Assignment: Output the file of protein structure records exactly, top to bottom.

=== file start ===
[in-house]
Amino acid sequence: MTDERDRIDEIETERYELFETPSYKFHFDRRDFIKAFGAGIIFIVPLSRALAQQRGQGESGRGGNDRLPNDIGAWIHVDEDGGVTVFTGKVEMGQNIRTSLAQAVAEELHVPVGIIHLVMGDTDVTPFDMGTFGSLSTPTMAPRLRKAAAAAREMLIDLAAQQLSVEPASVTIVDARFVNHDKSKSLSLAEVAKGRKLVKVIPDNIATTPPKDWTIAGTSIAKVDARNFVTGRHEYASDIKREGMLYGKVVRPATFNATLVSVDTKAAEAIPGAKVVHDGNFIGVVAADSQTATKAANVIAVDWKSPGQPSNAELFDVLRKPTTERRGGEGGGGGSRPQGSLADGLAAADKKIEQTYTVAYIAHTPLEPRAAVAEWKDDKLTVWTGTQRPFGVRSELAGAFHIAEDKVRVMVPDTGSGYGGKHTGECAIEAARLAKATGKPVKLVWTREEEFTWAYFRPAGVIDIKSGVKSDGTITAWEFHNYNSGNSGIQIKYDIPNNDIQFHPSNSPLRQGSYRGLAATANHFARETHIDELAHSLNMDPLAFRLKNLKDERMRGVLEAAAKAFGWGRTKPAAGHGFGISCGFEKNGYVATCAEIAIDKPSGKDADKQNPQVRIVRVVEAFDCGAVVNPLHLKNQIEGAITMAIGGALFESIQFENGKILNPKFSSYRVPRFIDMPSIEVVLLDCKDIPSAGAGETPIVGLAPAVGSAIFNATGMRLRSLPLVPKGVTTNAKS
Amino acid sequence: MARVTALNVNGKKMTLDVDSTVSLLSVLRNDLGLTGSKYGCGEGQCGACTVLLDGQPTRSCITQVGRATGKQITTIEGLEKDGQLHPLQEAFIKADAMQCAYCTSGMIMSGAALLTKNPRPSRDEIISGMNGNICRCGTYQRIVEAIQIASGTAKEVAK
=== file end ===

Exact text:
[in-house]
Amino acid sequence: MTDERDRIDEIETERYELFETPSYKFHFDRRDFIKAFGAGIIFIVPLSRALAQQRGQGESGRGGNDRLPNDIGAWIHVDEDGGVTVFTGKVEMGQNIRTSLAQAVAEELHVPVGIIHLVMGDTDVTPFDMGTFGSLSTPTMAPRLRKAAAAAREMLIDLAAQQLSVEPASVTIVDARFVNHDKSKSLSLAEVAKGRKLVKVIPDNIATTPPKDWTIAGTSIAKVDARNFVTGRHEYASDIKREGMLYGKVVRPATFNATLVSVDTKAAEAIPGAKVVHDGNFIGVVAADSQTATKAANVIAVDWKSPGQPSNAELFDVLRKPTTERRGGEGGGGGSRPQGSLADGLAAADKKIEQTYTVAYIAHTPLEPRAAVAEWKDDKLTVWTGTQRPFGVRSELAGAFHIAEDKVRVMVPDTGSGYGGKHTGECAIEAARLAKATGKPVKLVWTREEEFTWAYFRPAGVIDIKSGVKSDGTITAWEFHNYNSGNSGIQIKYDIPNNDIQFHPSNSPLRQGSYRGLAATANHFARETHIDELAHSLNMDPLAFRLKNLKDERMRGVLEAAAKAFGWGRTKPAAGHGFGISCGFEKNGYVATCAEIAIDKPSGKDADKQNPQVRIVRVVEAFDCGAVVNPLHLKNQIEGAITMAIGGALFESIQFENGKILNPKFSSYRVPRFIDMPSIEVVLLDCKDIPSAGAGETPIVGLAPAVGSAIFNATGMRLRSLPLVPKGVTTNAKS
Amino acid sequence: MARVTALNVNGKKMTLDVDSTVSLLSVLRNDLGLTGSKYGCGEGQCGACTVLLDGQPTRSCITQVGRATGKQITTIEGLEKDGQLHPLQEAFIKADAMQCAYCTSGMIMSGAALLTKNPRPSRDEIISGMNGNICRCGTYQRIVEAIQIASGTAKEVAK